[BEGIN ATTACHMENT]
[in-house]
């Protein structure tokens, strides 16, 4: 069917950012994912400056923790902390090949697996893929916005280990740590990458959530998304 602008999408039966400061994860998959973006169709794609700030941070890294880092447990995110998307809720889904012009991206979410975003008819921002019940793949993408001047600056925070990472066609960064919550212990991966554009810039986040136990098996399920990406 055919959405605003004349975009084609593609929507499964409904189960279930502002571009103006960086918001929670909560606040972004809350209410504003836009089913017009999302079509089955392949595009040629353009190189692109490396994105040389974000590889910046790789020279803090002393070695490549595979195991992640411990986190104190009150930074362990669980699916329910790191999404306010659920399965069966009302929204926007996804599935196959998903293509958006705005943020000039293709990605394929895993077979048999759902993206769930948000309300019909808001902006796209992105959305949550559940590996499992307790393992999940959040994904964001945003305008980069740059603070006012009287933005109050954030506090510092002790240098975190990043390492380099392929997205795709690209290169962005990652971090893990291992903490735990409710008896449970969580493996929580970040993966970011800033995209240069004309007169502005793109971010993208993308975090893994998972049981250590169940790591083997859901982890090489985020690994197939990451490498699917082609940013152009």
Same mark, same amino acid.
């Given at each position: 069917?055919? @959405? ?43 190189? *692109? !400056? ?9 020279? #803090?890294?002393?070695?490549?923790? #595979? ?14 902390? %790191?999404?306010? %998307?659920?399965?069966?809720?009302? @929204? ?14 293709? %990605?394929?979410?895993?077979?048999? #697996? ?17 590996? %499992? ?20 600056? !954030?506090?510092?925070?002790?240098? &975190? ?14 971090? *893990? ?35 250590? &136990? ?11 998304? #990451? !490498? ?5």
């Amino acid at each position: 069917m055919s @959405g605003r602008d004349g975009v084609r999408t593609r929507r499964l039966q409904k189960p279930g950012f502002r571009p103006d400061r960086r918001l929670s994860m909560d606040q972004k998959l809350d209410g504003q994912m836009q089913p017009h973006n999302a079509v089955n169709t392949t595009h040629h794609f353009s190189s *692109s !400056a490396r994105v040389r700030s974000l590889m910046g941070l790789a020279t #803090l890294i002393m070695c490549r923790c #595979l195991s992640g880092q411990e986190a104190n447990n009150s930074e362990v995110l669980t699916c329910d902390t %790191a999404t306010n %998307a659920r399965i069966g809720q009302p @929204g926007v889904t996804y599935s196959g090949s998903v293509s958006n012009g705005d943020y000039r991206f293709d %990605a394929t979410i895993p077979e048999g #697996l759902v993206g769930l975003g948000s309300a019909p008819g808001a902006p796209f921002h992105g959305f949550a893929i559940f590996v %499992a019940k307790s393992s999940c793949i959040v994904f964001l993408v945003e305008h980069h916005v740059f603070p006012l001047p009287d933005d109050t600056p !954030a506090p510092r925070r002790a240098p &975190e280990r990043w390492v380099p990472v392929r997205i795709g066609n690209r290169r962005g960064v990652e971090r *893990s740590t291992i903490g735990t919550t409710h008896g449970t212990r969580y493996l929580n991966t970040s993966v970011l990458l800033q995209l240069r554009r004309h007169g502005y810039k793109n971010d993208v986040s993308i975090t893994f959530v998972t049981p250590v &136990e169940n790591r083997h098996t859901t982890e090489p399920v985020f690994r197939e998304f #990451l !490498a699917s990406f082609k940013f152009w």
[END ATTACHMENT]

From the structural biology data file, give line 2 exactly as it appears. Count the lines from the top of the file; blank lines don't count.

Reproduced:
């Protein structure tokens, strides 16, 4: 069917950012994912400056923790902390090949697996893929916005280990740590990458959530998304 602008999408039966400061994860998959973006169709794609700030941070890294880092447990995110998307809720889904012009991206979410975003008819921002019940793949993408001047600056925070990472066609960064919550212990991966554009810039986040136990098996399920990406 055919959405605003004349975009084609593609929507499964409904189960279930502002571009103006960086918001929670909560606040972004809350209410504003836009089913017009999302079509089955392949595009040629353009190189692109490396994105040389974000590889910046790789020279803090002393070695490549595979195991992640411990986190104190009150930074362990669980699916329910790191999404306010659920399965069966009302929204926007996804599935196959998903293509958006705005943020000039293709990605394929895993077979048999759902993206769930948000309300019909808001902006796209992105959305949550559940590996499992307790393992999940959040994904964001945003305008980069740059603070006012009287933005109050954030506090510092002790240098975190990043390492380099392929997205795709690209290169962005990652971090893990291992903490735990409710008896449970969580493996929580970040993966970011800033995209240069004309007169502005793109971010993208993308975090893994998972049981250590169940790591083997859901982890090489985020690994197939990451490498699917082609940013152009």